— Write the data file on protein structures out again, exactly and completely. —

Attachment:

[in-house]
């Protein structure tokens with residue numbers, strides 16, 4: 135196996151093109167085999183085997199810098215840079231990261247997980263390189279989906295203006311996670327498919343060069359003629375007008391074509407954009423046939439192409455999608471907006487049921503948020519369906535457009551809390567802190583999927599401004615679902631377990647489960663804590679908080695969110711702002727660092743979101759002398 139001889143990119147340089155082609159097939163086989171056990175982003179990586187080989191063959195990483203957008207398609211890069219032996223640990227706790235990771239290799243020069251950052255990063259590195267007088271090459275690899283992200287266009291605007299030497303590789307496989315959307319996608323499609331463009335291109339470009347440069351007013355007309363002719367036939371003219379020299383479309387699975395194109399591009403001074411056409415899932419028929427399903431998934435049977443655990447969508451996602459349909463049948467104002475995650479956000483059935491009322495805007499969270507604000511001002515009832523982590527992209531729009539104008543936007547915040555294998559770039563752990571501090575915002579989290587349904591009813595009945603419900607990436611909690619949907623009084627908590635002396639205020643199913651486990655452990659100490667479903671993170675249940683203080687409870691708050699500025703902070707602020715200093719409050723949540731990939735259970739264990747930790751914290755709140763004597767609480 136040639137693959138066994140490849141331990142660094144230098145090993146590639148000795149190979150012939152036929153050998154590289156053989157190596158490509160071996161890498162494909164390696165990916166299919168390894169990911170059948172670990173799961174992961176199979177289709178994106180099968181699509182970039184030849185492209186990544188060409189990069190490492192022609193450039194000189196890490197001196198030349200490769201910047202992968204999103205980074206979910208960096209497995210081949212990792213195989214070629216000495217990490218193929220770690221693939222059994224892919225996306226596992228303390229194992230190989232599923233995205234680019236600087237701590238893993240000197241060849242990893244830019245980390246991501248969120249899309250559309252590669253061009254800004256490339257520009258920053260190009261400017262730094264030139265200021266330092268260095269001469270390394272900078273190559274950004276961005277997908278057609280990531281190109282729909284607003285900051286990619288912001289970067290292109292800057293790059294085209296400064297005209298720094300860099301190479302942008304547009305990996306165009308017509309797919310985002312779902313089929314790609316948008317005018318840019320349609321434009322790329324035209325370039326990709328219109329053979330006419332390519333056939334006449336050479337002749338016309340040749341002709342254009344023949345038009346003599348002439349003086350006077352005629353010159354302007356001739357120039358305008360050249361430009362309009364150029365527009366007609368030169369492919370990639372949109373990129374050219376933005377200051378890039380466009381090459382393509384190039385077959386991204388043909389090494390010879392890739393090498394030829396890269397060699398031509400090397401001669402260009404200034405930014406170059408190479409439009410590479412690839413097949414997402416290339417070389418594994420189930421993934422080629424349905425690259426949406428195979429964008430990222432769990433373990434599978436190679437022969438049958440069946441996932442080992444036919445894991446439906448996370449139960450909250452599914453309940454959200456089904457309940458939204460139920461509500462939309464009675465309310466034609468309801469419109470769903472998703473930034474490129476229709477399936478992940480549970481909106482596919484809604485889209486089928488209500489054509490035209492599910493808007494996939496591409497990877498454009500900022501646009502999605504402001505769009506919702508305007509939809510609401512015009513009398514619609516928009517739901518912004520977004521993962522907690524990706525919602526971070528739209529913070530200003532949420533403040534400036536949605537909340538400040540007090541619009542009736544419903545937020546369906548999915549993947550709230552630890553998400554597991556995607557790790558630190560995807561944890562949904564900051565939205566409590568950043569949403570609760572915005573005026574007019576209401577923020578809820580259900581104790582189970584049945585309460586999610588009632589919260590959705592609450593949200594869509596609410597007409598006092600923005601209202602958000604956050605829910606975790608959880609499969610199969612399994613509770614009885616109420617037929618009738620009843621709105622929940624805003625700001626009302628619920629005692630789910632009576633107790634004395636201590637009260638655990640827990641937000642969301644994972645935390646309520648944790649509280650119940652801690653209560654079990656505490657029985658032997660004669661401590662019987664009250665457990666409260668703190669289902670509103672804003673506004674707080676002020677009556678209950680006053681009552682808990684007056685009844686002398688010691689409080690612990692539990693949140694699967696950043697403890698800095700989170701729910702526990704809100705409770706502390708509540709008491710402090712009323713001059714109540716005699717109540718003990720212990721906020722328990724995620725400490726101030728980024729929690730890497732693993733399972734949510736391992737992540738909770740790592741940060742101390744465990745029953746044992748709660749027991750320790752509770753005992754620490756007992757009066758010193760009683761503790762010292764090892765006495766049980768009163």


[in-house]
């Protein structure tokens with residue numbers, strides 16, 4: 135196996151093109167085999183085997199810098215840079231990261247997980263390189279989906295203006311996670327498919343060069359003629375007008391074509407954009423046939439192409455999608471907006487049921503948020519369906535457009551809390567802190583999927599401004615679902631377990647489960663804590679908080695969110711702002727660092743979101759002398 139001889143990119147340089155082609159097939163086989171056990175982003179990586187080989191063959195990483203957008207398609211890069219032996223640990227706790235990771239290799243020069251950052255990063259590195267007088271090459275690899283992200287266009291605007299030497303590789307496989315959307319996608323499609331463009335291109339470009347440069351007013355007309363002719367036939371003219379020299383479309387699975395194109399591009403001074411056409415899932419028929427399903431998934435049977443655990447969508451996602459349909463049948467104002475995650479956000483059935491009322495805007499969270507604000511001002515009832523982590527992209531729009539104008543936007547915040555294998559770039563752990571501090575915002579989290587349904591009813595009945603419900607990436611909690619949907623009084627908590635002396639205020643199913651486990655452990659100490667479903671993170675249940683203080687409870691708050699500025703902070707602020715200093719409050723949540731990939735259970739264990747930790751914290755709140763004597767609480 136040639137693959138066994140490849141331990142660094144230098145090993146590639148000795149190979150012939152036929153050998154590289156053989157190596158490509160071996161890498162494909164390696165990916166299919168390894169990911170059948172670990173799961174992961176199979177289709178994106180099968181699509182970039184030849185492209186990544188060409189990069190490492192022609193450039194000189196890490197001196198030349200490769201910047202992968204999103205980074206979910208960096209497995210081949212990792213195989214070629216000495217990490218193929220770690221693939222059994224892919225996306226596992228303390229194992230190989232599923233995205234680019236600087237701590238893993240000197241060849242990893244830019245980390246991501248969120249899309250559309252590669253061009254800004256490339257520009258920053260190009261400017262730094264030139265200021266330092268260095269001469270390394272900078273190559274950004276961005277997908278057609280990531281190109282729909284607003285900051286990619288912001289970067290292109292800057293790059294085209296400064297005209298720094300860099301190479302942008304547009305990996306165009308017509309797919310985002312779902313089929314790609316948008317005018318840019320349609321434009322790329324035209325370039326990709328219109329053979330006419332390519333056939334006449336050479337002749338016309340040749341002709342254009344023949345038009346003599348002439349003086350006077352005629353010159354302007356001739357120039358305008360050249361430009362309009364150029365527009366007609368030169369492919370990639372949109373990129374050219376933005377200051378890039380466009381090459382393509384190039385077959386991204388043909389090494390010879392890739393090498394030829396890269397060699398031509400090397401001669402260009404200034405930014406170059408190479409439009410590479412690839413097949414997402416290339417070389418594994420189930421993934422080629424349905425690259426949406428195979429964008430990222432769990433373990434599978436190679437022969438049958440069946441996932442080992444036919445894991446439906448996370449139960450909250452599914453309940454959200456089904457309940458939204460139920461509500462939309464009675465309310466034609468309801469419109470769903472998703473930034474490129476229709477399936478992940480549970481909106482596919484809604485889209486089928488209500489054509490035209492599910493808007494996939496591409497990877498454009500900022501646009502999605504402001505769009506919702508305007509939809510609401512015009513009398514619609516928009517739901518912004520977004521993962522907690524990706525919602526971070528739209529913070530200003532949420533403040534400036536949605537909340538400040540007090541619009542009736544419903545937020546369906548999915549993947550709230552630890553998400554597991556995607557790790558630190560995807561944890562949904564900051565939205566409590568950043569949403570609760572915005573005026574007019576209401577923020578809820580259900581104790582189970584049945585309460586999610588009632589919260590959705592609450593949200594869509596609410597007409598006092600923005601209202602958000604956050605829910606975790608959880609499969610199969612399994613509770614009885616109420617037929618009738620009843621709105622929940624805003625700001626009302628619920629005692630789910632009576633107790634004395636201590637009260638655990640827990641937000642969301644994972645935390646309520648944790649509280650119940652801690653209560654079990656505490657029985658032997660004669661401590662019987664009250665457990666409260668703190669289902670509103672804003673506004674707080676002020677009556678209950680006053681009552682808990684007056685009844686002398688010691689409080690612990692539990693949140694699967696950043697403890698800095700989170701729910702526990704809100705409770706502390708509540709008491710402090712009323713001059714109540716005699717109540718003990720212990721906020722328990724995620725400490726101030728980024729929690730890497732693993733399972734949510736391992737992540738909770740790592741940060742101390744465990745029953746044992748709660749027991750320790752509770753005992754620490756007992757009066758010193760009683761503790762010292764090892765006495766049980768009163």